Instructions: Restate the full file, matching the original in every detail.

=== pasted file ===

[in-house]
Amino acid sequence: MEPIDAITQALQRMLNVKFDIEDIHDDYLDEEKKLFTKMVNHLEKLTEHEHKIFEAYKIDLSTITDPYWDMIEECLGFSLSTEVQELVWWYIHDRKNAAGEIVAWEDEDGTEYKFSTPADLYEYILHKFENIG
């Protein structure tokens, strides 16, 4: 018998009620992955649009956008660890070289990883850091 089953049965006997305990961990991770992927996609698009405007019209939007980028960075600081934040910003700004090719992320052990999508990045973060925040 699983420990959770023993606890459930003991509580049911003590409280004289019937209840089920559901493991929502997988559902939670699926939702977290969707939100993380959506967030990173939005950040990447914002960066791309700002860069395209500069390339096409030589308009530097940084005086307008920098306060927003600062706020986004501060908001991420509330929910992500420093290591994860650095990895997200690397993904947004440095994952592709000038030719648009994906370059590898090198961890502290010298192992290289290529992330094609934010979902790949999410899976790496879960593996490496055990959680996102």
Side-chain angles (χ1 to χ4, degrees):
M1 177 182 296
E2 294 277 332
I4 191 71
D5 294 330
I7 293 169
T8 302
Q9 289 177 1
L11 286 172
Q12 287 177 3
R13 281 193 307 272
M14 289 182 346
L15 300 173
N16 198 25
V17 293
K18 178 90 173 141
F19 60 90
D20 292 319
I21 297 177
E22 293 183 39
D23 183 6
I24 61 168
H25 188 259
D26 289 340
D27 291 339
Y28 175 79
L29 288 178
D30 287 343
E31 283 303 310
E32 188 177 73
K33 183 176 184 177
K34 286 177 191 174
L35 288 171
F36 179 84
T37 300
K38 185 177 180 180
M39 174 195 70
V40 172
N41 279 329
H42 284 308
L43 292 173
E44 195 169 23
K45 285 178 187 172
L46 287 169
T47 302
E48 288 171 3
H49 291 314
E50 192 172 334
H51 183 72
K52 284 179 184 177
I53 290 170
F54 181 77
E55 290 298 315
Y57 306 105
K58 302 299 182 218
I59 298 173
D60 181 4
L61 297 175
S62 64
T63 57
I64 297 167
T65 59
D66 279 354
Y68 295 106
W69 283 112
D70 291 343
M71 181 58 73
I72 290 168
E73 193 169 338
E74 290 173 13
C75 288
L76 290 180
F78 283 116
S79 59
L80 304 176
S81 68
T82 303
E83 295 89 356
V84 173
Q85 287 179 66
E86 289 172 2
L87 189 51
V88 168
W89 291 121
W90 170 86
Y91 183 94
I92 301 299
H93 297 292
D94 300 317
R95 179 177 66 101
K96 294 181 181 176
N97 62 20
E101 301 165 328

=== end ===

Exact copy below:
[in-house]
Amino acid sequence: MEPIDAITQALQRMLNVKFDIEDIHDDYLDEEKKLFTKMVNHLEKLTEHEHKIFEAYKIDLSTITDPYWDMIEECLGFSLSTEVQELVWWYIHDRKNAAGEIVAWEDEDGTEYKFSTPADLYEYILHKFENIG
């Protein structure tokens, strides 16, 4: 018998009620992955649009956008660890070289990883850091 089953049965006997305990961990991770992927996609698009405007019209939007980028960075600081934040910003700004090719992320052990999508990045973060925040 699983420990959770023993606890459930003991509580049911003590409280004289019937209840089920559901493991929502997988559902939670699926939702977290969707939100993380959506967030990173939005950040990447914002960066791309700002860069395209500069390339096409030589308009530097940084005086307008920098306060927003600062706020986004501060908001991420509330929910992500420093290591994860650095990895997200690397993904947004440095994952592709000038030719648009994906370059590898090198961890502290010298192992290289290529992330094609934010979902790949999410899976790496879960593996490496055990959680996102």
Side-chain angles (χ1 to χ4, degrees):
M1 177 182 296
E2 294 277 332
I4 191 71
D5 294 330
I7 293 169
T8 302
Q9 289 177 1
L11 286 172
Q12 287 177 3
R13 281 193 307 272
M14 289 182 346
L15 300 173
N16 198 25
V17 293
K18 178 90 173 141
F19 60 90
D20 292 319
I21 297 177
E22 293 183 39
D23 183 6
I24 61 168
H25 188 259
D26 289 340
D27 291 339
Y28 175 79
L29 288 178
D30 287 343
E31 283 303 310
E32 188 177 73
K33 183 176 184 177
K34 286 177 191 174
L35 288 171
F36 179 84
T37 300
K38 185 177 180 180
M39 174 195 70
V40 172
N41 279 329
H42 284 308
L43 292 173
E44 195 169 23
K45 285 178 187 172
L46 287 169
T47 302
E48 288 171 3
H49 291 314
E50 192 172 334
H51 183 72
K52 284 179 184 177
I53 290 170
F54 181 77
E55 290 298 315
Y57 306 105
K58 302 299 182 218
I59 298 173
D60 181 4
L61 297 175
S62 64
T63 57
I64 297 167
T65 59
D66 279 354
Y68 295 106
W69 283 112
D70 291 343
M71 181 58 73
I72 290 168
E73 193 169 338
E74 290 173 13
C75 288
L76 290 180
F78 283 116
S79 59
L80 304 176
S81 68
T82 303
E83 295 89 356
V84 173
Q85 287 179 66
E86 289 172 2
L87 189 51
V88 168
W89 291 121
W90 170 86
Y91 183 94
I92 301 299
H93 297 292
D94 300 317
R95 179 177 66 101
K96 294 181 181 176
N97 62 20
E101 301 165 328